Valerie Loureda, an MMA fighter with Bellator, has signed with WWE as the company continues its push to bring elite athletes into its developmental pipeline.
Loureda told The Post that talks were initiated when her manager, Abraham Kawa, was negotiating an NIL deal between WWE and NCAA champion wrestler A.J. Ferrari, and her name came up.
WWE, through its NIL program with college athletes and overall general strategy, is seeking to move away from bringing in indie wrestlers to its pipeline, instead signing star athletes who can be molded from scratch into the nuances of the wrestling business. This process is being overseen by executives James Kimball and Paul “Triple H” Levesque.
As part of this push, the 23-year-old Loureda was invited to watch WrestleMania from a suite this past April, and it was there that she fell in love with the pomp and circumstance.
“That was my first WWE show ever — I had never been to a live event,” Loureda said. “When I walked into the arena and saw the organization, the professionalism, the crowd and just the beautiful production that WrestleMania is — I just fell in love with it.”
Loureda watched WWE “here and there” growing up, but this was the first time she recognized the “magnitude” of their biggest event.
WWE says Loureda will begin at its Performance Center in Orlando in mid-July — as part of a class featuring over a dozen other athletes … and no indie wrestlers — and that the goal is for her to be on NXT TV by the end of the year.
Loureda was introduced to martial arts at an early age. She noted her father was an eight-time grand master in Taekwondo, and that she began training at 3 years old. Loureda also followed in her mother’s footsteps by taking up dancing and cheerleading.
It was watching Ronda Rousey, now a WWE superstar who was formerly the UFC women’s bantamweight champion, that inspired Loureda to pursue MMA.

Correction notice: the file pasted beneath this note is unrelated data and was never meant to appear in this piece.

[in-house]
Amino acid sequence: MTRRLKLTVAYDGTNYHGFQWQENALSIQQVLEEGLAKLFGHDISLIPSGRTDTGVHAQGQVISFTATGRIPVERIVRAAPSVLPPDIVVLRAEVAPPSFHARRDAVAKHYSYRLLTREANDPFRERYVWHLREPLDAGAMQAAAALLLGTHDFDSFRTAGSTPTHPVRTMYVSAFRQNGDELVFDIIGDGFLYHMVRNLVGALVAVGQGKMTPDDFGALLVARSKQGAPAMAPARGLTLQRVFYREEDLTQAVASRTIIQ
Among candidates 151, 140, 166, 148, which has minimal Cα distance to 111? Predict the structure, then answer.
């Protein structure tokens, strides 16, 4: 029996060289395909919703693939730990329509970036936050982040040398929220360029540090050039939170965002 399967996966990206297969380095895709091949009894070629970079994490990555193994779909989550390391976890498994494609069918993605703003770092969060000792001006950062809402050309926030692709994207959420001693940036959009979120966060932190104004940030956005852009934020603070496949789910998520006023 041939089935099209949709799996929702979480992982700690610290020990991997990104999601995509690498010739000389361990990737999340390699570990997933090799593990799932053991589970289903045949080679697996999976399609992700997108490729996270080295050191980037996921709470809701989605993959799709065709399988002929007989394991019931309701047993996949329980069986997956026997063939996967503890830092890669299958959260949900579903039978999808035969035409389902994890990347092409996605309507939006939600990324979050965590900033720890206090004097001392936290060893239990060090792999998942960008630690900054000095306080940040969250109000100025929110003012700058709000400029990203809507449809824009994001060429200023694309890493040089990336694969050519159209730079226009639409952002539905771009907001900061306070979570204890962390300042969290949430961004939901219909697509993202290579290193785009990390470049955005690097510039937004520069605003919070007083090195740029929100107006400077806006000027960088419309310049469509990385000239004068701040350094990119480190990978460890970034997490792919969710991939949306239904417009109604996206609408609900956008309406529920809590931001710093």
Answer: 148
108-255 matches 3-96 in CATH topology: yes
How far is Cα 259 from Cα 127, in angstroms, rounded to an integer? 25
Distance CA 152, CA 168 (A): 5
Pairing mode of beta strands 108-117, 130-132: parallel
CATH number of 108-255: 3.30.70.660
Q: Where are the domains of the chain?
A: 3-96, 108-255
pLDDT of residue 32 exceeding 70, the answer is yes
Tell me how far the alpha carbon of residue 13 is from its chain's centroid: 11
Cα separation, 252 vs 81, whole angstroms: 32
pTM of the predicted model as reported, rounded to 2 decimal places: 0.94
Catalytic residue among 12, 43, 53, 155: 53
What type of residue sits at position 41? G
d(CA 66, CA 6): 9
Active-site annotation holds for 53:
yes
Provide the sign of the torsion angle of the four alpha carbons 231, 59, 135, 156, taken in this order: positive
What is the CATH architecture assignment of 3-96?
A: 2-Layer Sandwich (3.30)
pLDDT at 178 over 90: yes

“I was looking for a way to make it to the Olympics [in Taekwondo], and that didn’t happen, and then my mom got Leukemia, and our family had to adjust. And then, one day, I saw Ronda fighting on the TV, and I said, ‘Wow, that woman is in MMA representing her sport, Judo, and I can to that with Taekwondo,’” Loureda recalled.
Loureda, whose family left Cuba, strives to inspire other first-generation Americans of Latin descent that they can accomplish anything.
“Headlining WrestleMania is a dream and I’m gonna conquer that one day, but really my goal in WWE is I’m becoming the first Cuban-American woman, and I want to be a role model and an inspiration to young Latinas who can now see someone from their culture in WWE.
“I want to represent where I came from, my roots, and really bring a new edge into this company that’s never been seen before. This is a big win for Latinas all over the world. I was born and raised in Miami. I come from a family of immigrants. I just want to show young kids who are first-generation Americans that you can do anything as long as you apply yourself, and work very hard, and your dreams can come true — like me.”